The cost of bad eviction advice by councils

The cost of bad eviction advice by councils

15:13 PM, 14th September 2016, About 5 years ago 29

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The average cost to a landlord of their tenant being advised to ignore an eviction notice stands at nearly £7,000, according to a recent survey of landlords.  bad advice

Private tenants are often advised by local councils and agencies to ignore eviction notices served by their landlords – and to wait until evicted by bailiffs – in order to qualify as homeless and thus eligible for rehousing.

The latest findings from the National Landlords Association (NLA) reveal that the mean total cost of a tenant being advised to remain in a property is £6763.

In addition, 47% of tenants who have been served a section 21 eviction notice by their landlord say they have been told to ignore it by their local council or an advice agency such as Shelter or the Citizen’s Advice Bureau (CAB).

The news comes as the National Landlords Association (NLA) is due to give evidence to the Communities and Local Government (CLG) Select Committee today (Wednesday 14 September) on the Homelessness Reduction Bill.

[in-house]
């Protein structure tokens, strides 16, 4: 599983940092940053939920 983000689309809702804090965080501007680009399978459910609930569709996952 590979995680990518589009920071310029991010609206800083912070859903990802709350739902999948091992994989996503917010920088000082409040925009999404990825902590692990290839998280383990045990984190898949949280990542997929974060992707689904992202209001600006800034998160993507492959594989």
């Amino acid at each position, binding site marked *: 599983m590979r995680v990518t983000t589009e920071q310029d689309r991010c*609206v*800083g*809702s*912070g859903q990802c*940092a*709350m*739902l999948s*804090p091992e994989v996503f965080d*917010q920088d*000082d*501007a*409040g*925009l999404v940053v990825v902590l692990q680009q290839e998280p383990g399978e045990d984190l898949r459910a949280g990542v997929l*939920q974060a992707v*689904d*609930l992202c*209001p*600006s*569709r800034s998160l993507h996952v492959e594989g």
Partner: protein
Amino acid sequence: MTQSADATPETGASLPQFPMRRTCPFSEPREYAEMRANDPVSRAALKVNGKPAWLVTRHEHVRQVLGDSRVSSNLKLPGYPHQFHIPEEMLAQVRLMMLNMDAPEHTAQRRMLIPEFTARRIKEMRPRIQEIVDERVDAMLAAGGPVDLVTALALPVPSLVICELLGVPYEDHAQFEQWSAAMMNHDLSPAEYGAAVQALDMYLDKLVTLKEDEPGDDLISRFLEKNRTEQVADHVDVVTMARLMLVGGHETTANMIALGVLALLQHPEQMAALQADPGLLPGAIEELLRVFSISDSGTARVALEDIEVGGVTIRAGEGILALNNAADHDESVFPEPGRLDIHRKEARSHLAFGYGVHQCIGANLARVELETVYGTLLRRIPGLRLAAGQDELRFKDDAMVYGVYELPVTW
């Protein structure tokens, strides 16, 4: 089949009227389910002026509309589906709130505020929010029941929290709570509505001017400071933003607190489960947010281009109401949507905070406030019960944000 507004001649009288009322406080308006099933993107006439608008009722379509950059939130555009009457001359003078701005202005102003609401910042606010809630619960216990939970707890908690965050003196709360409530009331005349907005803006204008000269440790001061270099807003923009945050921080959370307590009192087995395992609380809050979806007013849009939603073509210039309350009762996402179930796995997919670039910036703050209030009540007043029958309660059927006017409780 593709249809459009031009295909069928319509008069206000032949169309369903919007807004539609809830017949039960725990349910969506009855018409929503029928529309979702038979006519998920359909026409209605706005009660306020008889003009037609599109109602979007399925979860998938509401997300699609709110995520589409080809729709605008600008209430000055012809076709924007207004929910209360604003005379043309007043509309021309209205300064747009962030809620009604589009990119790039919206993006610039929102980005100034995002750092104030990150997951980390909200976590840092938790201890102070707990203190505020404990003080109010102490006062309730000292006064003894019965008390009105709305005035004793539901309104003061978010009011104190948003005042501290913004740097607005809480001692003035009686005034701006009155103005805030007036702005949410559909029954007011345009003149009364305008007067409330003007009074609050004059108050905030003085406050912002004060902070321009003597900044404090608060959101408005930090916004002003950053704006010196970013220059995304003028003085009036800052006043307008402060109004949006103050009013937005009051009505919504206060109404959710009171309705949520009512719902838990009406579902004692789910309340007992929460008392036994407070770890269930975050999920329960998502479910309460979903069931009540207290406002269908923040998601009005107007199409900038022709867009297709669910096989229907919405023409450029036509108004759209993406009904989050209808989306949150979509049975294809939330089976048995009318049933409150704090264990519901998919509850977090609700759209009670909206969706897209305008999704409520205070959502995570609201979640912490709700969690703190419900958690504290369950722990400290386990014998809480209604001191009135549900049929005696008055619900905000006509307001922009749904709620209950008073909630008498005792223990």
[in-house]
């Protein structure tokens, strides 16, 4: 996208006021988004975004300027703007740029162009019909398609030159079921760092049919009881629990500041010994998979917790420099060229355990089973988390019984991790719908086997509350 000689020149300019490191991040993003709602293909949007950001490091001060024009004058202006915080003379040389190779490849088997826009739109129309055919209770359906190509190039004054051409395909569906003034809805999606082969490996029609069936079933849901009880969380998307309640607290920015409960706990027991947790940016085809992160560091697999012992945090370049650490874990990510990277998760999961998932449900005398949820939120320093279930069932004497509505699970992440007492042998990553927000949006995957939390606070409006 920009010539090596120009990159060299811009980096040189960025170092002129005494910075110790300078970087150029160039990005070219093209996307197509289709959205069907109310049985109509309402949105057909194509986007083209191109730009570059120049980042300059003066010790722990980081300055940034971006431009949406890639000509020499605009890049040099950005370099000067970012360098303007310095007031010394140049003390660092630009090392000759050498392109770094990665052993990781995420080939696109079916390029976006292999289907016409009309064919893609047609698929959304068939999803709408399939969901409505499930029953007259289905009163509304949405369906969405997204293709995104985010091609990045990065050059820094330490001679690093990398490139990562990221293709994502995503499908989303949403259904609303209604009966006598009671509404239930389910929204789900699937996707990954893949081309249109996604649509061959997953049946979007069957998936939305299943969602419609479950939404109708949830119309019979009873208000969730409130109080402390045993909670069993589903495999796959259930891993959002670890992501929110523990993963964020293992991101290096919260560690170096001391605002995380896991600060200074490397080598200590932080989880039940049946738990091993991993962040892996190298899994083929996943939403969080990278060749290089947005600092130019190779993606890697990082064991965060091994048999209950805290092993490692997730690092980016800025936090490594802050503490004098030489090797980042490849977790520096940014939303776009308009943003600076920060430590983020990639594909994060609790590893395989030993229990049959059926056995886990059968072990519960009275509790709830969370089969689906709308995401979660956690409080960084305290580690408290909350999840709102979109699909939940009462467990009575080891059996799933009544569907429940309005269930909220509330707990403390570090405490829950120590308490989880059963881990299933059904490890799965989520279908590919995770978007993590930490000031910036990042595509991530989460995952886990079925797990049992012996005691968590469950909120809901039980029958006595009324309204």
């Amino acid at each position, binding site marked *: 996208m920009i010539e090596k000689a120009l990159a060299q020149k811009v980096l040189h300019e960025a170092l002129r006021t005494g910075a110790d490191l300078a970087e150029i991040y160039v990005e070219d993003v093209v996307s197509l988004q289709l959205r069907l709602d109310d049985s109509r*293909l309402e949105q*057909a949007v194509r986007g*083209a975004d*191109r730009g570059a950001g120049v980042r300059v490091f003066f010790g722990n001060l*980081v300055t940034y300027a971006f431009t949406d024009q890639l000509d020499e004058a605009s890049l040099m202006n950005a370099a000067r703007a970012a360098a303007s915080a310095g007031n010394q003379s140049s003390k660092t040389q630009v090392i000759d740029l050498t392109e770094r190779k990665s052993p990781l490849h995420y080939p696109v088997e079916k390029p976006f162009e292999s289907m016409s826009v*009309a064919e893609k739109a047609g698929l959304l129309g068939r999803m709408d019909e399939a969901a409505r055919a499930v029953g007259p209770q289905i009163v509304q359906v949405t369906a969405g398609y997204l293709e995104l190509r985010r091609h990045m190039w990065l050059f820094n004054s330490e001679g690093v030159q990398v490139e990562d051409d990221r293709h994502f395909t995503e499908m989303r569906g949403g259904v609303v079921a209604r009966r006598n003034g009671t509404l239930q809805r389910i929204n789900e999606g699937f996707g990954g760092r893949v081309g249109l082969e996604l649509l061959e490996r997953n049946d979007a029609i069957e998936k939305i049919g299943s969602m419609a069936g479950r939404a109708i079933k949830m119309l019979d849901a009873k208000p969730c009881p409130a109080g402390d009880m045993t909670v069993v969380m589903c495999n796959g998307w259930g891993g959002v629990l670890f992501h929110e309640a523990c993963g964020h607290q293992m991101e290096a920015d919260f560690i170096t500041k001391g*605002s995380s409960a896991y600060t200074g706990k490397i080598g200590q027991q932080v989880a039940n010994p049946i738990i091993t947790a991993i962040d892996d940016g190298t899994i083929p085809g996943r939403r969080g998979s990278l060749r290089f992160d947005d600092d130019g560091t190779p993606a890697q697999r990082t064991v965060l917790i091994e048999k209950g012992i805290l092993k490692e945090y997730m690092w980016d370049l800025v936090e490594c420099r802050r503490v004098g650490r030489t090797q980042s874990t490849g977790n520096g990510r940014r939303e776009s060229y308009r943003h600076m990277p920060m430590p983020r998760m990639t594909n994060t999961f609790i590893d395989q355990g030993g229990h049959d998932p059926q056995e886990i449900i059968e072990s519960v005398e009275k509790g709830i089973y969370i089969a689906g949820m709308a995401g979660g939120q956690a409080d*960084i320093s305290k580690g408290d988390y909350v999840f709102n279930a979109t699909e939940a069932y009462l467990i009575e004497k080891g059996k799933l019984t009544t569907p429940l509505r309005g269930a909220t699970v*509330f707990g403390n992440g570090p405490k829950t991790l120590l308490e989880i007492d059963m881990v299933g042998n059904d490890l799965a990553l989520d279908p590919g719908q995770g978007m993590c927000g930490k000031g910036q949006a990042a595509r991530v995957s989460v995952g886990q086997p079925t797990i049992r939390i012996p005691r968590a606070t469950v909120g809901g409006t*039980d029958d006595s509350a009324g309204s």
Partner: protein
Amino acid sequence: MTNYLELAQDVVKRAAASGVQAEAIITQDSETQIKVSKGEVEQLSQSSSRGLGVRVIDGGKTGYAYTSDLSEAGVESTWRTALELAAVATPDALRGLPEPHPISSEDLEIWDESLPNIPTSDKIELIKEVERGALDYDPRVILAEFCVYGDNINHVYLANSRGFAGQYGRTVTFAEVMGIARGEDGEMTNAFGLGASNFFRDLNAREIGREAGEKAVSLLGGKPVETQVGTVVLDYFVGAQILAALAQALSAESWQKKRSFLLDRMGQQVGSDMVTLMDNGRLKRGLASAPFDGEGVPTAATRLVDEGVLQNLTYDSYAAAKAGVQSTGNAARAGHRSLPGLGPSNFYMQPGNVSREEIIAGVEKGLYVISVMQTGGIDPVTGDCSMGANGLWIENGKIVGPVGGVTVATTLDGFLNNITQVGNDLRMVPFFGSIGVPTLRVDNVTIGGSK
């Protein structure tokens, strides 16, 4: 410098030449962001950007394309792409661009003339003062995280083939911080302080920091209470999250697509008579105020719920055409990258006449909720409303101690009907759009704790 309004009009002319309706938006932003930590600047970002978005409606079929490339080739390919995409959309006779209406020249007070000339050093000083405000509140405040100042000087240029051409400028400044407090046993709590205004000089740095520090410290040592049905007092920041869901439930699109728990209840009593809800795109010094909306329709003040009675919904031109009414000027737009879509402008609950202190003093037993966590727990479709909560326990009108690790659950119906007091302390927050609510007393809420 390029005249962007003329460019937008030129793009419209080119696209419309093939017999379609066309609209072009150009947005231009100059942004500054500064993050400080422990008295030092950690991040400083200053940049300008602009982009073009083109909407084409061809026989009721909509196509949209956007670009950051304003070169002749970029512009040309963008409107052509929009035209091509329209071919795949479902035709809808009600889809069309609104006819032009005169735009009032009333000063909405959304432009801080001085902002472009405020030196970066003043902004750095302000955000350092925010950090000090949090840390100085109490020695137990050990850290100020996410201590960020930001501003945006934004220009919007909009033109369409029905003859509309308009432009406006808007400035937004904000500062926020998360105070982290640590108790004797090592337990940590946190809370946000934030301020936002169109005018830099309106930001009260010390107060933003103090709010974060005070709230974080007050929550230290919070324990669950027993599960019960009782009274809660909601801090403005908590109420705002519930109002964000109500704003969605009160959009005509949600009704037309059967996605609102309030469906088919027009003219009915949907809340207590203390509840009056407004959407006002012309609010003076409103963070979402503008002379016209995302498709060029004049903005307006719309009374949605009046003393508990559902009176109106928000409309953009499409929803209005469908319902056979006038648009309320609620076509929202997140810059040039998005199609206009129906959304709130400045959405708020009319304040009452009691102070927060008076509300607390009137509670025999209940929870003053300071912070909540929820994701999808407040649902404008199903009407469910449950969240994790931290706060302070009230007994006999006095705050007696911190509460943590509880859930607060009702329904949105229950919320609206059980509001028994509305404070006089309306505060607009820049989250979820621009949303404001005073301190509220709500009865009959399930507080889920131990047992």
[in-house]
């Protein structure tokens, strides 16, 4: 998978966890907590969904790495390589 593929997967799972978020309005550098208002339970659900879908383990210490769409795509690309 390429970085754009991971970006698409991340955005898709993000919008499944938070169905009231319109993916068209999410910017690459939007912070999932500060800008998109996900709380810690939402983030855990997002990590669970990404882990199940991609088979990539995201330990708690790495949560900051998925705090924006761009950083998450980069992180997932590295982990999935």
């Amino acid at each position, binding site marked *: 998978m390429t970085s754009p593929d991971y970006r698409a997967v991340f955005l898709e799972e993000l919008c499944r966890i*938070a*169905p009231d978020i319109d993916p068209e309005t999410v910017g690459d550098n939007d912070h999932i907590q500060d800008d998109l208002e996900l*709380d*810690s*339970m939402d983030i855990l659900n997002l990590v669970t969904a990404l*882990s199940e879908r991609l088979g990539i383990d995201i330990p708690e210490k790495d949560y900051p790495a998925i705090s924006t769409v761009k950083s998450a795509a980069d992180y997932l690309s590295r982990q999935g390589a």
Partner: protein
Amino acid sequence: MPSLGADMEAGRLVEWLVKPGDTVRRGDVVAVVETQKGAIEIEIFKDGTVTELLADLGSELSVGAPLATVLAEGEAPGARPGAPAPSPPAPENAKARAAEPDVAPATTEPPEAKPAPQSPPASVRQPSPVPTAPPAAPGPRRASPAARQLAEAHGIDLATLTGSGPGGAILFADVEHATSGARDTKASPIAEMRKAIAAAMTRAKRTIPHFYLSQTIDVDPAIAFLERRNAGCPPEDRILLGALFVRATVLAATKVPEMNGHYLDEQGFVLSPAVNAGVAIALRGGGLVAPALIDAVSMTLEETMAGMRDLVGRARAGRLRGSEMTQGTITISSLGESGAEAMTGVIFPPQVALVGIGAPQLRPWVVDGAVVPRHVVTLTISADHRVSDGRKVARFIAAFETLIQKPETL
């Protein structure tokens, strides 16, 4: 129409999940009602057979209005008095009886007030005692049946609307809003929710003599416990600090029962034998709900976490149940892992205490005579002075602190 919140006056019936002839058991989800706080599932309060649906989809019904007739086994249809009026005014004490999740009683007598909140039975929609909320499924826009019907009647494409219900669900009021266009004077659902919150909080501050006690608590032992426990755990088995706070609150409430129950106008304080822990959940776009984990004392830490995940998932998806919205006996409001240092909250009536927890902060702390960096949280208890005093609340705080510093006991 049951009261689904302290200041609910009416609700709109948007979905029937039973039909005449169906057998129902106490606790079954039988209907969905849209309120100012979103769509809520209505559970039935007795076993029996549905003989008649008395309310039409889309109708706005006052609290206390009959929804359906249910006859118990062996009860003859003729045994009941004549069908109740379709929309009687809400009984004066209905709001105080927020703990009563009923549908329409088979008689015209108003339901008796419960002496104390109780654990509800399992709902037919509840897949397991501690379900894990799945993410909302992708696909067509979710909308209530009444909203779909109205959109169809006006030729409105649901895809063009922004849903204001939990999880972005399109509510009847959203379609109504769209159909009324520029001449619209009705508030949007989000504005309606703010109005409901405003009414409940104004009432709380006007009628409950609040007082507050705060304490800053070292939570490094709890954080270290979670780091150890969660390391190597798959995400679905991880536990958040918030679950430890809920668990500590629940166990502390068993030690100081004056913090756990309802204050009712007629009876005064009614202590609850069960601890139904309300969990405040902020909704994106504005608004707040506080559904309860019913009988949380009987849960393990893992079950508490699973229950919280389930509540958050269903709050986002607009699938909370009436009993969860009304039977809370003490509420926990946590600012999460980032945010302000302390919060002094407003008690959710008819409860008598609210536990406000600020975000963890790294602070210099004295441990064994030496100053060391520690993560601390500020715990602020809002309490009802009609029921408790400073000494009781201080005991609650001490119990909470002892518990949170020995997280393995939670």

The Homelessness Reduction Bill, as introduced by Conservative MP Bob Blackman, amends the Housing Act 1996 to expand councils’ duties to prevent homelessness by:

  • Providing that Section 21 Eviction Notices are proof an applicant is threatened with homelessness
  • Doubling the definition of threatened with homelessness from 28 to 56 days

The NLA has long campaigned against councils advising tenants to ignore eviction notices and in March, 2016, the then Housing Minister Brandon Lewis wrote to all local councils in England to clarify homelessness guidance.

Richard Lambert, Chief Executive Officer at the NLA, said: “We have consistently campaigned on this issue, but despite many warnings to councils and agencies, this damaging advice is still being given out to tenants.

“Possession cases can take a very long time to resolve, and aside from putting an unnecessary strain on everyone involved, not to mention the Courts, these findings demonstrate just how costly the advice can be.